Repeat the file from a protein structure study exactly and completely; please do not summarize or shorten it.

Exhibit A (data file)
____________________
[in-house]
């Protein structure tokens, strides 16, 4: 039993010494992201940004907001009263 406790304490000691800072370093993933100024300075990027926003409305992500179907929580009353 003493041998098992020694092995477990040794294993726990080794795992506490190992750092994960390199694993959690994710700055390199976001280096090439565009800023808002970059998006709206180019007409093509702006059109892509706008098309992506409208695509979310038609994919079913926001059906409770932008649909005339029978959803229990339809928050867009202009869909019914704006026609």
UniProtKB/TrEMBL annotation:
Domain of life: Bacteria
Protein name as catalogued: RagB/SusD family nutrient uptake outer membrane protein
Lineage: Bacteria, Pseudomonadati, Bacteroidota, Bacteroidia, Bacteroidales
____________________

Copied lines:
[in-house]
């Protein structure tokens, strides 16, 4: 039993010494992201940004907001009263 406790304490000691800072370093993933100024300075990027926003409305992500179907929580009353 003493041998098992020694092995477990040794294993726990080794795992506490190992750092994960390199694993959690994710700055390199976001280096090439565009800023808002970059998006709206180019007409093509702006059109892509706008098309992506409208695509979310038609994919079913926001059906409770932008649909005339029978959803229990339809928050867009202009869909019914704006026609």
UniProtKB/TrEMBL annotation:
Domain of life: Bacteria
Protein name as catalogued: RagB/SusD family nutrient uptake outer membrane protein
Lineage: Bacteria, Pseudomonadati, Bacteroidota, Bacteroidia, Bacteroidales